This aspect of your operation goes hand-in-hand with corporate governance, and it encompasses everything from how you identify risk, to how you choose to manage it. Establishing robust and effective processes isn’t something that can be done overnight. It’s easy to rely entirely on technology as a barrier to attacks, but it takes more than software alone to protect you.
Work to implement company-wide cybersecurity best practices, like classifying information assets as public, internal, sensitive, regulated and so on. Assess the impact that each kind of attack or data breach could have on your organization. Get every department into the habit of assigning cybersecurity risk scores so the potential outcome of your employees’ decisions is always top of mind for them.
The common thread in most security journeys is that there’s no formal system for identifying risks, but this danger can be mitigated by having strong processes and a governance model in place.
To support your business processes, you’ll need technology — but be careful not to think of it as a panacea for cyber attacks, as technology can be another weak point in your organization. Last year’s Equifax breach saw hackers successfully gain access to sensitive data that put more than 143 million Americans and hundreds of thousands of Canadians and Britons at risk by capitalizing on a weak spot in the company’s website.
Implementing the latest and greatest cybersecurity system isn’t going to protect your company if your staff can’t properly manage it. The problem many businesses currently face relates to information security risk management. Anton Chuvakin, research VP and distinguished analyst at Gartner’s GTP Security and Risk Management group, recently explained on the Gartner blog that a lot of security technologies are “misconfigured, not configured optimally, set to default or deployed broken in myriad other ways. And it is rather the norm, not the exception!”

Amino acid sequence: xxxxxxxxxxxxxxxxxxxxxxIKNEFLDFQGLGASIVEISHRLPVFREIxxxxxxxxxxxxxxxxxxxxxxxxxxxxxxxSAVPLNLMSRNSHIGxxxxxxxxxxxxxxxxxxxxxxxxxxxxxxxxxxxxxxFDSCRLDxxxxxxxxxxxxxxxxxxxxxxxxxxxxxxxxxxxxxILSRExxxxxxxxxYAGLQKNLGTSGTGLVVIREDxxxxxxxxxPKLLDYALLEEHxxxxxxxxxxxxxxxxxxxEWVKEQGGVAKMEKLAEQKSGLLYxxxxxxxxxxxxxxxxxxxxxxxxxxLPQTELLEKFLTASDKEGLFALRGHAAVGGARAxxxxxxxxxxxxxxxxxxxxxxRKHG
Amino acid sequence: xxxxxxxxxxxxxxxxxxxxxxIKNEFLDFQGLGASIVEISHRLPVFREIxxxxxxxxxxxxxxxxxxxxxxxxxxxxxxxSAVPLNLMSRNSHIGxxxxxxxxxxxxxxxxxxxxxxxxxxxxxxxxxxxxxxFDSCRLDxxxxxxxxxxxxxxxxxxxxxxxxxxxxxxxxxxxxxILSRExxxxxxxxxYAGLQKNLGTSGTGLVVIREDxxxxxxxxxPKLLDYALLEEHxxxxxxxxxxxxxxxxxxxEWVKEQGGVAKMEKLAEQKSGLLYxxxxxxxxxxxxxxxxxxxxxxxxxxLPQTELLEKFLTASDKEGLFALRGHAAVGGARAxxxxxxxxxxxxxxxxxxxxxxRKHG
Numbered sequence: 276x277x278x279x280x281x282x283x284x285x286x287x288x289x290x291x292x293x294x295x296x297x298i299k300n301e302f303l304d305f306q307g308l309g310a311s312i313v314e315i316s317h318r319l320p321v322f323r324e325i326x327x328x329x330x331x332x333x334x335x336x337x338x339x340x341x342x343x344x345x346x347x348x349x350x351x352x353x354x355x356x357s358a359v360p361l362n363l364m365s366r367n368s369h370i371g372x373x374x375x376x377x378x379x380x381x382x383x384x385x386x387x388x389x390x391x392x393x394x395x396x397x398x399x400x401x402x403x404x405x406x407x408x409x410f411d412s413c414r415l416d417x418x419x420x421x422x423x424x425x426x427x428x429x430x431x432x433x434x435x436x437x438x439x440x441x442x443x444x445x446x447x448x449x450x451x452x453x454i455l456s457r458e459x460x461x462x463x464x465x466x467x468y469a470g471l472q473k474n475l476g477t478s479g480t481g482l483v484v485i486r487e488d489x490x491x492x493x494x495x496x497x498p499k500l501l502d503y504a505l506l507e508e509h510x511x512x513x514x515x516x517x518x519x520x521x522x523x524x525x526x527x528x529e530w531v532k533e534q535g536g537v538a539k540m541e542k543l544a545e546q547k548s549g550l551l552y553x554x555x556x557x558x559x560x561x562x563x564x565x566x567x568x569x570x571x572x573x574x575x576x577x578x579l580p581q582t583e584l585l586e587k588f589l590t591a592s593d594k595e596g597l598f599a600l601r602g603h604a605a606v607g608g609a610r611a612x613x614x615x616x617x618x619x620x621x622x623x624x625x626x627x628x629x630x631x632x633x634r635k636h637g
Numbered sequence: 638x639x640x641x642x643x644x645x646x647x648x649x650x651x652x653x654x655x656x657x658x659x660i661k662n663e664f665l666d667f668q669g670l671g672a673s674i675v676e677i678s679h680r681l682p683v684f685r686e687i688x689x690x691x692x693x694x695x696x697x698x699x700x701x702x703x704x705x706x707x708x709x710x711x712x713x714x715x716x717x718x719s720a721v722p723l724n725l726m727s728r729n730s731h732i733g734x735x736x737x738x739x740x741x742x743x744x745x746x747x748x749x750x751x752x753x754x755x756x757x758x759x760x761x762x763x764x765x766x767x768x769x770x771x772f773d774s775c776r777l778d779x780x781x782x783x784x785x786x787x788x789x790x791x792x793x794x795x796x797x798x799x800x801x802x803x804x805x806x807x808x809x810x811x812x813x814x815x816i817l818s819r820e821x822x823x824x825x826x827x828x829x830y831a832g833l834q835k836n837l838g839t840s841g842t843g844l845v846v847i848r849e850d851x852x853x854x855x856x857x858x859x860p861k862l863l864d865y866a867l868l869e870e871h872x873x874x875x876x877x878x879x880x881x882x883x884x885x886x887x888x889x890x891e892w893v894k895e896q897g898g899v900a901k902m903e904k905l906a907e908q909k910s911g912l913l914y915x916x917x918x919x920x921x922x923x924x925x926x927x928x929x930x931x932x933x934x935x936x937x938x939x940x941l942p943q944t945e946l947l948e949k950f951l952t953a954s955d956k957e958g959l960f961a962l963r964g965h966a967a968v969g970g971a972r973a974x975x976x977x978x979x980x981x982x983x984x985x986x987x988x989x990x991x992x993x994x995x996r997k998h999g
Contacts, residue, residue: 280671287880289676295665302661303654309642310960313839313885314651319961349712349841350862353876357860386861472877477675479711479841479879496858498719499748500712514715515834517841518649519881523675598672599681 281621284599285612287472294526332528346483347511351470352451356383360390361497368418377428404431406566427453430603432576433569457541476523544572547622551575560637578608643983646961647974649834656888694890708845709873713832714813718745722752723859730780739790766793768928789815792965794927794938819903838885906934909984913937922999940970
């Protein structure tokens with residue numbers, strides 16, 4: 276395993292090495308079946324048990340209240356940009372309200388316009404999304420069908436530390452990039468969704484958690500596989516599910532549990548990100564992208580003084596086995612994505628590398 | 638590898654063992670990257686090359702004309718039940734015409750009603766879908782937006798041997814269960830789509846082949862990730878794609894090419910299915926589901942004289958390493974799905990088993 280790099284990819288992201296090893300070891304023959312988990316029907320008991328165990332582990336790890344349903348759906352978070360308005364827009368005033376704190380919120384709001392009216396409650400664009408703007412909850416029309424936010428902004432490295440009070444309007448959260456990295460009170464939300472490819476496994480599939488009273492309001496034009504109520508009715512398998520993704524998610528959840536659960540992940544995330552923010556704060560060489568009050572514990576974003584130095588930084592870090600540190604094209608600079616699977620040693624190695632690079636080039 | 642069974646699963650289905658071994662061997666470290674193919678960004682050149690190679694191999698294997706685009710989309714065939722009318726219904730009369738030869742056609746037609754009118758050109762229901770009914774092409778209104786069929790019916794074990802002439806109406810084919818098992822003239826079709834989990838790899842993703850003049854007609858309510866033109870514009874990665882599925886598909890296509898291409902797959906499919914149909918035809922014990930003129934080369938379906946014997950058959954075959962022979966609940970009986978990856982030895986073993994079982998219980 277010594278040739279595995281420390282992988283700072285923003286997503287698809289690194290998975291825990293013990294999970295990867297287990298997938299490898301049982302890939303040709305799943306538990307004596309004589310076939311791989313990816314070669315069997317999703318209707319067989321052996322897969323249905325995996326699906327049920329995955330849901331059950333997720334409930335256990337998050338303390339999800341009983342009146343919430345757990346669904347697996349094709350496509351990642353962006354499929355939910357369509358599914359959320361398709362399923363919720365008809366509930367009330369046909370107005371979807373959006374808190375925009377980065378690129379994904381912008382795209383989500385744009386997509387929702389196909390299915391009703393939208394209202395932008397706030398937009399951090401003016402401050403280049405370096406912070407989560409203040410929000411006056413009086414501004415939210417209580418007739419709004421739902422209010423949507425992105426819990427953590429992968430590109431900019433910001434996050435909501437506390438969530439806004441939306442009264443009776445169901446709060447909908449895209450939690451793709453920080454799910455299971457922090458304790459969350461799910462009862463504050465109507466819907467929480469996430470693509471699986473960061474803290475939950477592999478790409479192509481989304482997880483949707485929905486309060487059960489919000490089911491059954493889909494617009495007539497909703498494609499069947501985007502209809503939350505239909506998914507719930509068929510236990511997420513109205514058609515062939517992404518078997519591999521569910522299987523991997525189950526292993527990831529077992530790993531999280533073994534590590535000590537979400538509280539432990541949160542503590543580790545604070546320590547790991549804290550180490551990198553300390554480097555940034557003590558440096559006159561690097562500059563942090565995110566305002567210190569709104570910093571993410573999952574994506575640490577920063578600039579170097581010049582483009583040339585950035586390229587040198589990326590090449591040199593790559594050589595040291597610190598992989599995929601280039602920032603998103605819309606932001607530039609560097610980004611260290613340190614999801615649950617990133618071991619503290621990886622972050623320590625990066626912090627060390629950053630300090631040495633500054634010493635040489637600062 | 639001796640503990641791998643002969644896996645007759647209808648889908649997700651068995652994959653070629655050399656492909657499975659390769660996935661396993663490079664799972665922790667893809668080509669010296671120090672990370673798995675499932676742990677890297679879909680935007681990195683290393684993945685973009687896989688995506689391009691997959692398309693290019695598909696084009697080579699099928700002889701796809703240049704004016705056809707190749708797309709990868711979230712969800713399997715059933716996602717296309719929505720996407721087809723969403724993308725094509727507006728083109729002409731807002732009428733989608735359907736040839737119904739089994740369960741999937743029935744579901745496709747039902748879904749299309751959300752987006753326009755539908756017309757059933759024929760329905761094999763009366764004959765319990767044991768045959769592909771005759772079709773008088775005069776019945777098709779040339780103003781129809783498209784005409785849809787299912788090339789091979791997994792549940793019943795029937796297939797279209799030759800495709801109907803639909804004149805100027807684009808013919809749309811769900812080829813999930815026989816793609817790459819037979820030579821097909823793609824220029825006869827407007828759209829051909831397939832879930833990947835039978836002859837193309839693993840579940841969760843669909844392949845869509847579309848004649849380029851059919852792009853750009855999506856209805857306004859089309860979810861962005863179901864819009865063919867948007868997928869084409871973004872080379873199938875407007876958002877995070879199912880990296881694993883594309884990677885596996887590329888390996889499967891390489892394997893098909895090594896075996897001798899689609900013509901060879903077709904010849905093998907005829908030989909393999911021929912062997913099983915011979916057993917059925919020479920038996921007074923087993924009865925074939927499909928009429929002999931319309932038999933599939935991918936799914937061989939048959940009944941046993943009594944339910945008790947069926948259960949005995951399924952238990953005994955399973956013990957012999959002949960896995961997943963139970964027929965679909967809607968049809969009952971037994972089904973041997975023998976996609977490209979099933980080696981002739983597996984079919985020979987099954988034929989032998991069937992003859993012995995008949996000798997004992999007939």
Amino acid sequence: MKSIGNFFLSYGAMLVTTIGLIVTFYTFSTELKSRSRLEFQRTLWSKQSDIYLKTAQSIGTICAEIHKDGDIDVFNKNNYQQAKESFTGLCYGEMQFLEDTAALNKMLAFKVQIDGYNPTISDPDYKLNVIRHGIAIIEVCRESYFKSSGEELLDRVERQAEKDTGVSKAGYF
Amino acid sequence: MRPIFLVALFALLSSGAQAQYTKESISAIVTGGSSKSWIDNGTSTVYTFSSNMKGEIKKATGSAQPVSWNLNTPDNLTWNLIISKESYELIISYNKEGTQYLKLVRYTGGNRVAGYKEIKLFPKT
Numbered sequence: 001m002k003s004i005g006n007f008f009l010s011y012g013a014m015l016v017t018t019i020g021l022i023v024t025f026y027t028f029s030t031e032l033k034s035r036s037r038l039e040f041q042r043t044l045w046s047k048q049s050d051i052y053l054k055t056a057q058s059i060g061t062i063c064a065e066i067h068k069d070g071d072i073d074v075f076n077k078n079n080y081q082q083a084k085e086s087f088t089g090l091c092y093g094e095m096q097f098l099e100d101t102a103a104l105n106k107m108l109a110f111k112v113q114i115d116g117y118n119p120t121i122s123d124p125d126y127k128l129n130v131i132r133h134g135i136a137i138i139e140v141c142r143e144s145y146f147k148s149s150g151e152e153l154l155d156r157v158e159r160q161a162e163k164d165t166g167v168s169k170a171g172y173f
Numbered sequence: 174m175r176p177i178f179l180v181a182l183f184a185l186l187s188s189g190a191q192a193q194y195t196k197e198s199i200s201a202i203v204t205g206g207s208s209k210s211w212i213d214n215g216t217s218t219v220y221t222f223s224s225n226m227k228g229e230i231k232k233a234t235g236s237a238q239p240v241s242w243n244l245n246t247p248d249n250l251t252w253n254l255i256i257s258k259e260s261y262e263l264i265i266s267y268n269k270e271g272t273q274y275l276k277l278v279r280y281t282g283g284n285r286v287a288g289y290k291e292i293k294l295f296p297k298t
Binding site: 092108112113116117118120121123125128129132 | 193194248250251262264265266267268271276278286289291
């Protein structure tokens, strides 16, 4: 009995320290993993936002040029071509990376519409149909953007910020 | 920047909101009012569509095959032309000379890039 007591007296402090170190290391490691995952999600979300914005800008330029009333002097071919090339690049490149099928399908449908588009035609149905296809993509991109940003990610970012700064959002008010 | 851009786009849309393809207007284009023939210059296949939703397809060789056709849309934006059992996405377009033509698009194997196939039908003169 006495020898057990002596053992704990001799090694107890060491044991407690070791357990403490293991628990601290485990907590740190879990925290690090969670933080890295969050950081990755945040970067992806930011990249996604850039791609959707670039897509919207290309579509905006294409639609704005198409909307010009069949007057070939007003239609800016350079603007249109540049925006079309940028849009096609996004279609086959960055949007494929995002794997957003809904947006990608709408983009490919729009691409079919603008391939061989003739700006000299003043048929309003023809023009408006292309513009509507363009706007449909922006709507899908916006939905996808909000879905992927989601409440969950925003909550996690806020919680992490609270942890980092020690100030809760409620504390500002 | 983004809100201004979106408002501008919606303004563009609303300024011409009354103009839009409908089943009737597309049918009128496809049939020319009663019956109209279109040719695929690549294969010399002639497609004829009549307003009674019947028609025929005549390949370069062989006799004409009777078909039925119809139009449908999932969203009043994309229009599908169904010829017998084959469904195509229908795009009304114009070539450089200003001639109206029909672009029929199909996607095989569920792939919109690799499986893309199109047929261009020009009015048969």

When companies rely solely on security technology to protect them, they often end up layering on more software without stopping to consider whether they’ll be able to manage it all. In this instance, legacy systems are ignored and security updates lag. Additionally, employees aren’t likely to be equally proficient in every technology, opening the door to malware and ransomware attacks. All of this creates situations that hackers are more than happy to exploit.
It’s absolutely important to buy the right technology. But think of it like this: Mastering a craft requires 10,000 hours of experience, as famously noted by journalist and author Malcolm Gladwell. If you’re using three brands of firewalls, you’re expecting your staff to put in 30,000 hours of work. Instead of layering on more tech, start with the right solutions and mix in aggressive management from your CIO, CTO and COO. Your tech portfolio should always be right-sized for your company.
The weak points in your organization can come in many forms and span departments, but that doesn’t mean they can’t be fortified effectively. Adopting this three-pronged cybersecurity strategy will help you keep sensitive data safe so you can turn your attention to where it belongs: your customers.